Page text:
REPOST: Giving women a voice through radio

There are many issues and problems facing women globally today.  Violence is one of them.  The world is still reeling from the brutal rape and beating of a young female medical student in India a few months ago.  Or Malala Yousufzai teenage girl in Pakistan, shot in the head by the Taliban for championing female education in October last year.

I remember sitting in church and being somewhat horrified as the pastor in her New Years service called on husbands not to beat their wives ‘too much’.  Sadly, she knew exactly what she was talking about.  Domestic violence is sadly all to common.  

Less brutal but no less damaging is inequality.  It can lead from everything from a woman not being considered for a job because she might one day want to start a family, to actual gendercide, where thousands of baby girls are aborted or abandoned to die in places like Northern India or China. Government policies like China’s one-child policy; or socioeconomic reasons like needing physically stronger males for farm-work or not being afford a dowry have made having girl children an unattractive prospect for parents.  

Inequality limits the opportunities that women have.  If a woman is seen as inferior to a man, why spend any money training her, or helping her to better herself.  If all she is seen as is someone to maintain the home and bear children, why does she need to go to school?  It’s a cycle- many women are denied the opportunity and information needed to better themselves, often times information that would allow them to at the very least fend for themselves.  These women then help perpetuate this cycle with their own daughters.  It’s not their fault, they just don’t know or feel that there is any other way.

At ARDA, our radio programmes, no matter how diverse their topic, have always sought to inform women.  Radio is an excellent medium for this.  It is accessible, and unlike television doesn’t require the women to sit down passively to get the message. The women are able to carry out their duties and still receive vital information.

Our partnership with GenARDIS illustrates this best. GenARDIS (Gender, Agriculture and Rural Development in the Information Society) is a small grants fund that supports work on gender-related issues in information and communication technologies (ICTs) for Africa, Caribbean and Pacific (ACP) agricultural and rural development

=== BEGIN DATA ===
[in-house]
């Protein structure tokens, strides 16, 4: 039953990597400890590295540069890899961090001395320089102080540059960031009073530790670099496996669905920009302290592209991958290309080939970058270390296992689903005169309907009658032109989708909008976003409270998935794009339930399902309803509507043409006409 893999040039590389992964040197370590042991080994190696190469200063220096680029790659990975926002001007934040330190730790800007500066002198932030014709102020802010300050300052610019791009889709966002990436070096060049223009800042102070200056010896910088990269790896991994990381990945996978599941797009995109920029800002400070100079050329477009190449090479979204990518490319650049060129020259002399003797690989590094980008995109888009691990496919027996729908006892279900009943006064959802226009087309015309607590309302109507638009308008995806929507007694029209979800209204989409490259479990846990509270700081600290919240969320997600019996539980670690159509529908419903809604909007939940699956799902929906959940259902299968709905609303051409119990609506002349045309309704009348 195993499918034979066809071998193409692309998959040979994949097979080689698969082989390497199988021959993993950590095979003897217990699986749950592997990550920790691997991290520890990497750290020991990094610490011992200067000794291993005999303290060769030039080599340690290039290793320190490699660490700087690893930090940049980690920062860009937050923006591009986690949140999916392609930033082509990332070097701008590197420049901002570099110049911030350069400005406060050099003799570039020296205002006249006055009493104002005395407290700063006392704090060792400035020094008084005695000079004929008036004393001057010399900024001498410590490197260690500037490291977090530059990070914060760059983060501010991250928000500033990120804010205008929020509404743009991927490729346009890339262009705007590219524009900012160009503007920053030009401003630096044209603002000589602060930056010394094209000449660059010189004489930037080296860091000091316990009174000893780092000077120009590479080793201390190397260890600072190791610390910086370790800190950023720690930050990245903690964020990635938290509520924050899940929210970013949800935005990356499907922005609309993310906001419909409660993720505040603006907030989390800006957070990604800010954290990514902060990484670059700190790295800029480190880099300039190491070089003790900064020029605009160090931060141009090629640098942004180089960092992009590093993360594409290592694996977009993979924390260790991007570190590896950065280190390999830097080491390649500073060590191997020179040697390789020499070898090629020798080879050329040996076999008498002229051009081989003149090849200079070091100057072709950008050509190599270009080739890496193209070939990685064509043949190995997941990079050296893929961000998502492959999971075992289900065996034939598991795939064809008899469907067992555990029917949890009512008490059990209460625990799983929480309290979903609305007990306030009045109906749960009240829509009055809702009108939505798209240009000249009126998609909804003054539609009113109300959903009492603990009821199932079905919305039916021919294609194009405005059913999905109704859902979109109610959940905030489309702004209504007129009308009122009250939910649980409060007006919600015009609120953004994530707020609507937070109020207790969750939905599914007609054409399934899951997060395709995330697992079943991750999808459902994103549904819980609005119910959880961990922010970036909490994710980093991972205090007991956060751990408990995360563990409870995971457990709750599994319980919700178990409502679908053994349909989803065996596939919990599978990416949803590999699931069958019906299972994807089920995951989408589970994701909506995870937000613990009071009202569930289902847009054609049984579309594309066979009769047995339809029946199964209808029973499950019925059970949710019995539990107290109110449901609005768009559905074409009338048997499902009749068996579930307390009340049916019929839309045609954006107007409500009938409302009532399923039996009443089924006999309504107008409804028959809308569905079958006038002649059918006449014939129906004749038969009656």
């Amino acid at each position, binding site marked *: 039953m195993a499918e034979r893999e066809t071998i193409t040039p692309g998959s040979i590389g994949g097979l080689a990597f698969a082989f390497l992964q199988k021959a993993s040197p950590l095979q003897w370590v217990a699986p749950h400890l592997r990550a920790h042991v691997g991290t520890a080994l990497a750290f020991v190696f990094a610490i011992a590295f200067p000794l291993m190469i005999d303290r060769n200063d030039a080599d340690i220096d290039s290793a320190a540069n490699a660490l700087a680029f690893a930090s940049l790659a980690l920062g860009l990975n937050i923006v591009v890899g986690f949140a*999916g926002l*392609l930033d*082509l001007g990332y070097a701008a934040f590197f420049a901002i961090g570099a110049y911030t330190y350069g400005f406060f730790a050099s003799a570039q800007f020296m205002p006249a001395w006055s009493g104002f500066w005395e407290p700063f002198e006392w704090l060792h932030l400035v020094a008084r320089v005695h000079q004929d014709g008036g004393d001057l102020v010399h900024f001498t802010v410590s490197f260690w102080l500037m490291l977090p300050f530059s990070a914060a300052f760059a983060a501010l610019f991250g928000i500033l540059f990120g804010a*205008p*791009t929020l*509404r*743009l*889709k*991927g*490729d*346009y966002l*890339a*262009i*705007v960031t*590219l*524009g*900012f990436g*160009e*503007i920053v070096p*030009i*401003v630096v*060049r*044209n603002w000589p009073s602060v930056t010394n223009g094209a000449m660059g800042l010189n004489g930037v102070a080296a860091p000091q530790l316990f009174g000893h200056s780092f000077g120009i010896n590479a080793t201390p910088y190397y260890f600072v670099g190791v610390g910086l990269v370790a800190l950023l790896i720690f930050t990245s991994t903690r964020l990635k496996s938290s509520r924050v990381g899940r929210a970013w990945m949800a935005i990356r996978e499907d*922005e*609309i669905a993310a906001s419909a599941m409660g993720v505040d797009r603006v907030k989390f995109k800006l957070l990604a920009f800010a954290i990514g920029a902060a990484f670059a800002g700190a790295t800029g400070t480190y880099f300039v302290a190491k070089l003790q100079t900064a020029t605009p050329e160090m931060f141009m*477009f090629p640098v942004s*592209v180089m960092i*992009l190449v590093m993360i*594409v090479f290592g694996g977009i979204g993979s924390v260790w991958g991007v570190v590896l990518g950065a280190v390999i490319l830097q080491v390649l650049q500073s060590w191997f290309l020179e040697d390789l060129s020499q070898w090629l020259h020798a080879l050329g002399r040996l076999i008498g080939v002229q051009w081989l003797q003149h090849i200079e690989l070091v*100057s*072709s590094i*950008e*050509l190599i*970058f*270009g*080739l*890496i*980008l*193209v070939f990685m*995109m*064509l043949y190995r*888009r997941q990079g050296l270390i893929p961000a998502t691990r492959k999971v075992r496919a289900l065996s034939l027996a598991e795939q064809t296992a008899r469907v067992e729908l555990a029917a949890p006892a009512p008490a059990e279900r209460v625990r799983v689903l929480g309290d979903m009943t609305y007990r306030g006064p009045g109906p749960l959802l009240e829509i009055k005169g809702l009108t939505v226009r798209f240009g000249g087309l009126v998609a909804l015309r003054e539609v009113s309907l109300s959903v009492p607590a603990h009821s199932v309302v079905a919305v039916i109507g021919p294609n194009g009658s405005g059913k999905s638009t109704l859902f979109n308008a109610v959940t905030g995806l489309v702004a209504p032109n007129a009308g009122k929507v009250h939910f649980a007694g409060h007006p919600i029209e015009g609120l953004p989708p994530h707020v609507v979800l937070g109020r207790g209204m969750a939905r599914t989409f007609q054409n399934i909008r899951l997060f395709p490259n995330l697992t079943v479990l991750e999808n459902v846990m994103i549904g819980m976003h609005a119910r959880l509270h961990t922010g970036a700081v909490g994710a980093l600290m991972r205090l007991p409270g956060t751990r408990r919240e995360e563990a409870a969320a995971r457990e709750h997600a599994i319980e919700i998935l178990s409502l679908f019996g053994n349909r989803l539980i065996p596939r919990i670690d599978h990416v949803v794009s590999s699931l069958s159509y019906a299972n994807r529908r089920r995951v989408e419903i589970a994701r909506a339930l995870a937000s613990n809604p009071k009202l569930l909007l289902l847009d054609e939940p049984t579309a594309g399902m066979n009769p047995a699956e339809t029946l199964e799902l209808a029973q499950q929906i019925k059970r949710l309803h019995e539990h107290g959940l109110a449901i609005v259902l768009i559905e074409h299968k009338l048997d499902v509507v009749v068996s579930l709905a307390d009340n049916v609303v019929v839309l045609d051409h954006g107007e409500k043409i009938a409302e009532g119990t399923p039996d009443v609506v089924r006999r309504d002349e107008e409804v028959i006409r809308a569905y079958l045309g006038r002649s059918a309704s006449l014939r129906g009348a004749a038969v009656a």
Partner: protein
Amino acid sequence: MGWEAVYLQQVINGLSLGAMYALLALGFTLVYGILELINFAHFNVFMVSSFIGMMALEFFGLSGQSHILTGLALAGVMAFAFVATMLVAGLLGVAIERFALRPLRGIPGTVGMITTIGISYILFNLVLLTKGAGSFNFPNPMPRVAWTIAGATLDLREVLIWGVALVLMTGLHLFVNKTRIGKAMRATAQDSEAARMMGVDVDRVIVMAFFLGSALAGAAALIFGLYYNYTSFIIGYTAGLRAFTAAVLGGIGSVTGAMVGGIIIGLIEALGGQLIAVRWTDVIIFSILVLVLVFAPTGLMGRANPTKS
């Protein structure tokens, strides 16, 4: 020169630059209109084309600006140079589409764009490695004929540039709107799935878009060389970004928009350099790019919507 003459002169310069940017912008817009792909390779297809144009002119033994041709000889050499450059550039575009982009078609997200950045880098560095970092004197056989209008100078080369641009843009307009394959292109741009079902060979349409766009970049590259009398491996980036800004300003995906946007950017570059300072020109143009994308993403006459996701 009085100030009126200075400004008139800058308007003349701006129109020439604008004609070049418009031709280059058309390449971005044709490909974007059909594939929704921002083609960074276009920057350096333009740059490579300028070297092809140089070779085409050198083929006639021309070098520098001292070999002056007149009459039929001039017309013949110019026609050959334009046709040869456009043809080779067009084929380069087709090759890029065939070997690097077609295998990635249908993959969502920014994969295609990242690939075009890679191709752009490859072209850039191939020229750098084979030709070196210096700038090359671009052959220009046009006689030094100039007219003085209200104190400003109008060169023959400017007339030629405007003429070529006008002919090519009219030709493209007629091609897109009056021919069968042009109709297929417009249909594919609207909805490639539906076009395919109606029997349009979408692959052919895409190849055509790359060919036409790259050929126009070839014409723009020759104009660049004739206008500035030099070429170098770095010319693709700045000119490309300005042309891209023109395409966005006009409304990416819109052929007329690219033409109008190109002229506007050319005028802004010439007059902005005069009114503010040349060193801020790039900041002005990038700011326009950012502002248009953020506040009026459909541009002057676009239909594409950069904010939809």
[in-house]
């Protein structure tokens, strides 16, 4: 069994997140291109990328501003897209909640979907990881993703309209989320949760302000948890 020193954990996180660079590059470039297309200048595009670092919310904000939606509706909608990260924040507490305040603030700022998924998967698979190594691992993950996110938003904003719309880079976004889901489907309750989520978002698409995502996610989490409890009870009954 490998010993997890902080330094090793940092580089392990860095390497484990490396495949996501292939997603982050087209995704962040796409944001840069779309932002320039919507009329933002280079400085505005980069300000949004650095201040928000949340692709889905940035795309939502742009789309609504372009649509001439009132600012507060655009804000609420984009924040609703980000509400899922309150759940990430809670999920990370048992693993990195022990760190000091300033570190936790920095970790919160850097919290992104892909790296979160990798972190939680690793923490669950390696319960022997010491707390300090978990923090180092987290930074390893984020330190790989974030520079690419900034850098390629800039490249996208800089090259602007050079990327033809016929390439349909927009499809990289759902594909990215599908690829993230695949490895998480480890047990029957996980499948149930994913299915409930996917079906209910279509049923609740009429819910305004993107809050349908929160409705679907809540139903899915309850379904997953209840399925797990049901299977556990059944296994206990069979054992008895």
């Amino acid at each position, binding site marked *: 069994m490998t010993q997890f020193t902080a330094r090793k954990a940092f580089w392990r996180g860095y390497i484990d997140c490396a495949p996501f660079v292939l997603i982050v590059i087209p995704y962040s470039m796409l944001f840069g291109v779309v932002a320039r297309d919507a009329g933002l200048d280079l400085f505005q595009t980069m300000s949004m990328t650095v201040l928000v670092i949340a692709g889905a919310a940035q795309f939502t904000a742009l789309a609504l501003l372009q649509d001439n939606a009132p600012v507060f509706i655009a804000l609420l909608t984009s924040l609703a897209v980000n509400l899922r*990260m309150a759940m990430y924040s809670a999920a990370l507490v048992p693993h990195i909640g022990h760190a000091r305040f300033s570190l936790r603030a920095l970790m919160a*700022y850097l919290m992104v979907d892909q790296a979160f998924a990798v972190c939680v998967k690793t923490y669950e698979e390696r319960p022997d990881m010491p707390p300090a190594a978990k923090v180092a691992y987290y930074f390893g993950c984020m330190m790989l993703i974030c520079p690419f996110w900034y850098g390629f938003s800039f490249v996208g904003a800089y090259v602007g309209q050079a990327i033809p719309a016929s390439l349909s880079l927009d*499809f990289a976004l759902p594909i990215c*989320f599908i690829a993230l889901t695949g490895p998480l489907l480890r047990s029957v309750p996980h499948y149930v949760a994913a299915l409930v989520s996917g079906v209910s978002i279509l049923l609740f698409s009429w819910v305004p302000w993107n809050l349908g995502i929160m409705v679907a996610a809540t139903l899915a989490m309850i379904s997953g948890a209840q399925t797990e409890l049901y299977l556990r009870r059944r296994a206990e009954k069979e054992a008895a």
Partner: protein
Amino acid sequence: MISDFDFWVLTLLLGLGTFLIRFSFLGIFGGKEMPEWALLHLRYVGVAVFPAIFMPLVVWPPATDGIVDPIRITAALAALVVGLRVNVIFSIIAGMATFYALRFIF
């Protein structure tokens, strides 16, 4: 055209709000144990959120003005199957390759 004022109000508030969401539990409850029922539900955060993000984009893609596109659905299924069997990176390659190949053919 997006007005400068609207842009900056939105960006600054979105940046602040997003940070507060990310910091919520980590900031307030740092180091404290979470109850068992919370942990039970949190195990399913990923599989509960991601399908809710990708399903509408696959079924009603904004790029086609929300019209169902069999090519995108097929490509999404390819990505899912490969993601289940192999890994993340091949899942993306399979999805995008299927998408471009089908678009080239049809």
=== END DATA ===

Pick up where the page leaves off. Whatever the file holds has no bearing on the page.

Our project saw us help the women form a cooperative to share ideas and information about farming techniques.  We realised that while the men usually got together after a day on the farm to discuss sharing I formation about farming, and other social and economic issues. Meanwhile women didn’t have that opportunity. They would be busy with chores, getting firewood for dinner and the like when they could be having a meeting of the minds.  We came up with a radio programme that allowed women to have that feeling of connectedness and community. The women of the community (Gwagwada) were also given a mobile phone with which they were able to call in to the show and speak to farm extension workers.  

It was really gratifying to see the change we made in these women’s lives. The community had a low level of mobile phone usage due to poor signal coverage. In fact we had to provide a booster antenna for the phone we gave the women.  The women used the phone to generate a small stream of income by letting people make and receive phone calls on it.

They had more confidence in themselves; we helped establish listener’s clubs where they finally had a chance to speak up and exchange ideas freely.  They were empowered.  By the end of the project, the women had been started paying a local pastor to provide Adult Education to them.

They had broken the cycle.

There is no certainty that empowering women will protect them from violence. What radio can do instead is attempt to change the harmful ideas and attitudes that allow violence against women to be condoned.  

Have a Happy Women’s Day.

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